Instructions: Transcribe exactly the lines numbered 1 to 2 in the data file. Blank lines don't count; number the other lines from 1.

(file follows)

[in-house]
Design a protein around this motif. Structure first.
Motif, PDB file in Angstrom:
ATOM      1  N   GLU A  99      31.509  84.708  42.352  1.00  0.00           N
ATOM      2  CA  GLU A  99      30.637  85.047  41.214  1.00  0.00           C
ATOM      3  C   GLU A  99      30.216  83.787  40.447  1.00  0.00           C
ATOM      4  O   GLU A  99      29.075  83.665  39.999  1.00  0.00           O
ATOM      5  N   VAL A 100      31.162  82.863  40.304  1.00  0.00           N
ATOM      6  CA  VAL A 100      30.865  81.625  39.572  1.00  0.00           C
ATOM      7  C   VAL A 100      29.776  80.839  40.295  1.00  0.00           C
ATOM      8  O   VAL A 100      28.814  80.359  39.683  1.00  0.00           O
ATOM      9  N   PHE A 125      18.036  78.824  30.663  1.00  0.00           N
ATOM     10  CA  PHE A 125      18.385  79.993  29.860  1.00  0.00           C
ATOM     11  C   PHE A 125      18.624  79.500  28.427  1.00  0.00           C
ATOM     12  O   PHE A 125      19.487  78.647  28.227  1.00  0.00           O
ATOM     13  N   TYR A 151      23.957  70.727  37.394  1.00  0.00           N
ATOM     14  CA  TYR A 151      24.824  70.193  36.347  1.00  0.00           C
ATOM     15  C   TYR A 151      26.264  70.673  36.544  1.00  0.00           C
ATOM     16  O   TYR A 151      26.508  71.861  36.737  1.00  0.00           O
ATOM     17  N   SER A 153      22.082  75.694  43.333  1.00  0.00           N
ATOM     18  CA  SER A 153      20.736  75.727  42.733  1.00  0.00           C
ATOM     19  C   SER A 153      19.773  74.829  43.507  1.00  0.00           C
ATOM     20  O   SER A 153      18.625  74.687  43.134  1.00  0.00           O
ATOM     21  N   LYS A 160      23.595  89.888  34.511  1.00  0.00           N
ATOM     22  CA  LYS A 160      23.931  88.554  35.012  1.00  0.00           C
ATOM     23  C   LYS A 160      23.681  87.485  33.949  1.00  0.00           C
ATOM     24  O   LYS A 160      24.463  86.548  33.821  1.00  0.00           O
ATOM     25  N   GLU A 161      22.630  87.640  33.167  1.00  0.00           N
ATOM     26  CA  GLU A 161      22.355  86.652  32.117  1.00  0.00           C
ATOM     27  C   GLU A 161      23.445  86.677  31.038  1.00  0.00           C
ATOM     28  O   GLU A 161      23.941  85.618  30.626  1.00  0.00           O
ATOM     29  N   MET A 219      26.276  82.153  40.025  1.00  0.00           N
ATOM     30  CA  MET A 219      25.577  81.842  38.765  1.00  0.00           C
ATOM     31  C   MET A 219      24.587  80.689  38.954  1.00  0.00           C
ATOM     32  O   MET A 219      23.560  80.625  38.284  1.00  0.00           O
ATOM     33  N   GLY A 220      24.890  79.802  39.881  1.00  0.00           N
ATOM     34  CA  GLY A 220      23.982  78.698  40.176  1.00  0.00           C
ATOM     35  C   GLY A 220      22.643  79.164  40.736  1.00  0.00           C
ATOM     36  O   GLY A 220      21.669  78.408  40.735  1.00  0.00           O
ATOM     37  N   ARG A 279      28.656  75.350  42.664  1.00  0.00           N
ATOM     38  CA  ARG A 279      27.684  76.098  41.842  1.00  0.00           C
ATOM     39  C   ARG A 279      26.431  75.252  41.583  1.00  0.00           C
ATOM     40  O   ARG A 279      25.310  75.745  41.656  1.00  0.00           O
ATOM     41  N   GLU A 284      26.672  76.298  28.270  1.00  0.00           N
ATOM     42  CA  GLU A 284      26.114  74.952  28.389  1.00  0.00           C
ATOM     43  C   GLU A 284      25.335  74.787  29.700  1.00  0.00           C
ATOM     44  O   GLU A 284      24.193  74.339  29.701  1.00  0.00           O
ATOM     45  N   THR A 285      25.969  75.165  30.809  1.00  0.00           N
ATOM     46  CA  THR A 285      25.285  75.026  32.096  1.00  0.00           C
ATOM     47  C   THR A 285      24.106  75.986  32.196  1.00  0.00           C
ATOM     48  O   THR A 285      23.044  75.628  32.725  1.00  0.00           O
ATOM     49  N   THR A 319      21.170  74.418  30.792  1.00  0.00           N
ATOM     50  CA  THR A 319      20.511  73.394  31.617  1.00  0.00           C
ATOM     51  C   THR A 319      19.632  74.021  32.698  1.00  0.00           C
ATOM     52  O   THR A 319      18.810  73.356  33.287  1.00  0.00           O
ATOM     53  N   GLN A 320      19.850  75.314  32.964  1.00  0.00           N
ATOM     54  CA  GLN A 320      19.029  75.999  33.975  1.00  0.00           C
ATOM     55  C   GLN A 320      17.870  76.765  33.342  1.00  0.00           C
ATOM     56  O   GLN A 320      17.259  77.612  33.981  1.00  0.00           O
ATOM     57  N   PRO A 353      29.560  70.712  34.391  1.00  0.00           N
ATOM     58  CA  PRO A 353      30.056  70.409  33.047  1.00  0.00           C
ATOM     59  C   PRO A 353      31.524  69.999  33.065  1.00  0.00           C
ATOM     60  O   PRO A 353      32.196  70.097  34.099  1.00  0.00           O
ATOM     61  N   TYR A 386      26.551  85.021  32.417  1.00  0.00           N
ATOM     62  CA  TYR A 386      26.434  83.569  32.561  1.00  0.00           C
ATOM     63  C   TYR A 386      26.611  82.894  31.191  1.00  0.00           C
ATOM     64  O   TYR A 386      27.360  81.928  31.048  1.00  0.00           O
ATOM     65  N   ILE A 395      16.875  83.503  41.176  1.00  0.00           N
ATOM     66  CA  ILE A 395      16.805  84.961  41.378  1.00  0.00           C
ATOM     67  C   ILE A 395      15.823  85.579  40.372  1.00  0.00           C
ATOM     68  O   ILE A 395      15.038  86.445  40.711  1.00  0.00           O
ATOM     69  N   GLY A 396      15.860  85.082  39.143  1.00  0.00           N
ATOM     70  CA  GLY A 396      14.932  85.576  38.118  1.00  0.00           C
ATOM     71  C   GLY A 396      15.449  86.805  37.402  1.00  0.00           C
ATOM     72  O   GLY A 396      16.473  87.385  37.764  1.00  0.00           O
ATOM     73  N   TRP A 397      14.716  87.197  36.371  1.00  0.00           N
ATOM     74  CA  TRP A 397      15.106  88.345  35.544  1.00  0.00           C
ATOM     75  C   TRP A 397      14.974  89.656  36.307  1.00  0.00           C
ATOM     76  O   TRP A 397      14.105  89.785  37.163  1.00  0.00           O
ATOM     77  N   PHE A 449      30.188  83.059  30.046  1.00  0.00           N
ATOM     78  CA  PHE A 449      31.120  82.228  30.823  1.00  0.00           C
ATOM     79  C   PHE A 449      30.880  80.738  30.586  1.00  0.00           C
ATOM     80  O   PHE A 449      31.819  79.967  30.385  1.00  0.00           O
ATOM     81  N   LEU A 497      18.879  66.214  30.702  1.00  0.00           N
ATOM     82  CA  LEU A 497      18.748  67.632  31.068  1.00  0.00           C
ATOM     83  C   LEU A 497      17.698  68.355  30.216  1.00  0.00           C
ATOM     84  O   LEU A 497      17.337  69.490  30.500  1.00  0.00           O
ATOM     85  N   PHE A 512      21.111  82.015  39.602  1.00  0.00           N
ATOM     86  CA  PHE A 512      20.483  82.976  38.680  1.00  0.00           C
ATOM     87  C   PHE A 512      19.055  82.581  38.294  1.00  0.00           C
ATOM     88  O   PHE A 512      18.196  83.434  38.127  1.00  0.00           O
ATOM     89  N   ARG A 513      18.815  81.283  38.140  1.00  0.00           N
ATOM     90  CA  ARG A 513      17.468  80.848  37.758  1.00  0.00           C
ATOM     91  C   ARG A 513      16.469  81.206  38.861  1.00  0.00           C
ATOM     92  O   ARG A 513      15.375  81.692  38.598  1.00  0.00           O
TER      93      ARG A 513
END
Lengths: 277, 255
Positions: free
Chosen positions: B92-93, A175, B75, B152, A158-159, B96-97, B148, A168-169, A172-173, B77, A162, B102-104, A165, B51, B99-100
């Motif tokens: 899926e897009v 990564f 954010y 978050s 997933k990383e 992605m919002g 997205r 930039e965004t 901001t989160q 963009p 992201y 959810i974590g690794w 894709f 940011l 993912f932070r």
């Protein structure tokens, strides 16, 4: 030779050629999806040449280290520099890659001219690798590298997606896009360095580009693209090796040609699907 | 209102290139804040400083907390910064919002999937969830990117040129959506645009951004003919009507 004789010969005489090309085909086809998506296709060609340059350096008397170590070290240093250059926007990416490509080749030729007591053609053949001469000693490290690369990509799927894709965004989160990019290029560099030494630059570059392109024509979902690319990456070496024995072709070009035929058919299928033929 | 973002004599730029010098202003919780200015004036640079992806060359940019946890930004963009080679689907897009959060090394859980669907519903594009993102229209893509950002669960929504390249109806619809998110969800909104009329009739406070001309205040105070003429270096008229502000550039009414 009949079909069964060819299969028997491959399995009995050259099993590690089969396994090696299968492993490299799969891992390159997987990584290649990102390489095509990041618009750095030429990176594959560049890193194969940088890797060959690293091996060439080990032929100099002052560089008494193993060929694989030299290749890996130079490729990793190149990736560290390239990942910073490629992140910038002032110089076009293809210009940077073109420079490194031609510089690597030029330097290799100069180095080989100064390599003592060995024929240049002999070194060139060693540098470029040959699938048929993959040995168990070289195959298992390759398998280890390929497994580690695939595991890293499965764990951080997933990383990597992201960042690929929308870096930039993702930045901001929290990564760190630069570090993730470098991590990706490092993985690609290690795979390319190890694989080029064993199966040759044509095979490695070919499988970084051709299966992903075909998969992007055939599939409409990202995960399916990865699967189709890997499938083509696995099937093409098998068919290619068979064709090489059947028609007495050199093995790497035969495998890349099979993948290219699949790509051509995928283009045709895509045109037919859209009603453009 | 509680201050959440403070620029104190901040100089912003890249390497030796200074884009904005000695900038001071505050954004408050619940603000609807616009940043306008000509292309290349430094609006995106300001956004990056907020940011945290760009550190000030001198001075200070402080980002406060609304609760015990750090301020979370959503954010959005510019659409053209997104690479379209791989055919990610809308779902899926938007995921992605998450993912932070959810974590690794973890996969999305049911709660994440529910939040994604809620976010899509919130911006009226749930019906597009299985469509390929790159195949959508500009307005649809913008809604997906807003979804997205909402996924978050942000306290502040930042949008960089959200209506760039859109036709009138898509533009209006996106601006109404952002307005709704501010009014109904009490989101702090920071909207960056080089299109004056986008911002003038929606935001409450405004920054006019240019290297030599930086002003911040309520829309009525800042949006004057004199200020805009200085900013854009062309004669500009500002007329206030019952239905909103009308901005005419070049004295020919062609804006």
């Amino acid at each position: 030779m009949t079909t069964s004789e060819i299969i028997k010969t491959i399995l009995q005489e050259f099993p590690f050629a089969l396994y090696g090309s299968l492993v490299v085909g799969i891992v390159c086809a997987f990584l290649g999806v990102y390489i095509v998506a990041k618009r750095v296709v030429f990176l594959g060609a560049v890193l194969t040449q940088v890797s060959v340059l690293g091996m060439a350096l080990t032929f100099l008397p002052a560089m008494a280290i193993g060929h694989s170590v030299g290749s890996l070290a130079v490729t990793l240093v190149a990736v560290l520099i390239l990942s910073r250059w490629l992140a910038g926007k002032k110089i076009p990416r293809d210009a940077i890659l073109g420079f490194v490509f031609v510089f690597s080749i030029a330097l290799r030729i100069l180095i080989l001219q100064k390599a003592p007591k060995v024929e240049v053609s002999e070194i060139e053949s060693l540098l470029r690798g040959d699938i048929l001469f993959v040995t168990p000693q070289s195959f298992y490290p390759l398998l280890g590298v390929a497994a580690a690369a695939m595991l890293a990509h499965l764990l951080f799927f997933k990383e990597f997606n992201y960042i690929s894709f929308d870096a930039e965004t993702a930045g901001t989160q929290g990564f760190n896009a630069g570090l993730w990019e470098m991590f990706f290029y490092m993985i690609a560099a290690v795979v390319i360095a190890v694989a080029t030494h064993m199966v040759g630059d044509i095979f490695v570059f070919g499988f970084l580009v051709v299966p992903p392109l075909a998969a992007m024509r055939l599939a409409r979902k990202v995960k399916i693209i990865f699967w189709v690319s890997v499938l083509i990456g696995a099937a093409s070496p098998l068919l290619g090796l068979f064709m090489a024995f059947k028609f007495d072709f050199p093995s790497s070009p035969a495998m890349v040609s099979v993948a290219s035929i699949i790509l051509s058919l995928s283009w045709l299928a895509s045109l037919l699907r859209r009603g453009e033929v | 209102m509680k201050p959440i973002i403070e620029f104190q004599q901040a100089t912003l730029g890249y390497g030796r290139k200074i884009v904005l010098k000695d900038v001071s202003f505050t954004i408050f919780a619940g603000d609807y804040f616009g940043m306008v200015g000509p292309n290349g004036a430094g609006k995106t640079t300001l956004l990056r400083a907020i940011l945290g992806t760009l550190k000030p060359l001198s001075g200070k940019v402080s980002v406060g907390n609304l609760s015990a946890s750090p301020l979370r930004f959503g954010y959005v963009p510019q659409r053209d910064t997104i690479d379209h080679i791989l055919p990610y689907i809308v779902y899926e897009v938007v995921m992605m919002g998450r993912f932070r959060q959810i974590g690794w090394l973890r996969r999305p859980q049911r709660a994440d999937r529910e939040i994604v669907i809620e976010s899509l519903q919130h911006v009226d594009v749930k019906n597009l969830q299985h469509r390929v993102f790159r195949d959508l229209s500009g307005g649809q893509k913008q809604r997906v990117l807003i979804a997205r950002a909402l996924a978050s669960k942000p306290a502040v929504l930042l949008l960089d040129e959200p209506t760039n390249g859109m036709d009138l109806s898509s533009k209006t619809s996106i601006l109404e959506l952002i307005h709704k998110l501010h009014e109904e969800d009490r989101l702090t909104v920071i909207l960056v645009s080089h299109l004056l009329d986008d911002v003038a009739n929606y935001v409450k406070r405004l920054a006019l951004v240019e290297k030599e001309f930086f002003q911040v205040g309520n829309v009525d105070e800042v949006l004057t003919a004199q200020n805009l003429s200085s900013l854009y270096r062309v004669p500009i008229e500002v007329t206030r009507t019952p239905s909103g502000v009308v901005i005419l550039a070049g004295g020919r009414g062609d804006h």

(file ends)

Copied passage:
[in-house]
Design a protein around this motif. Structure first.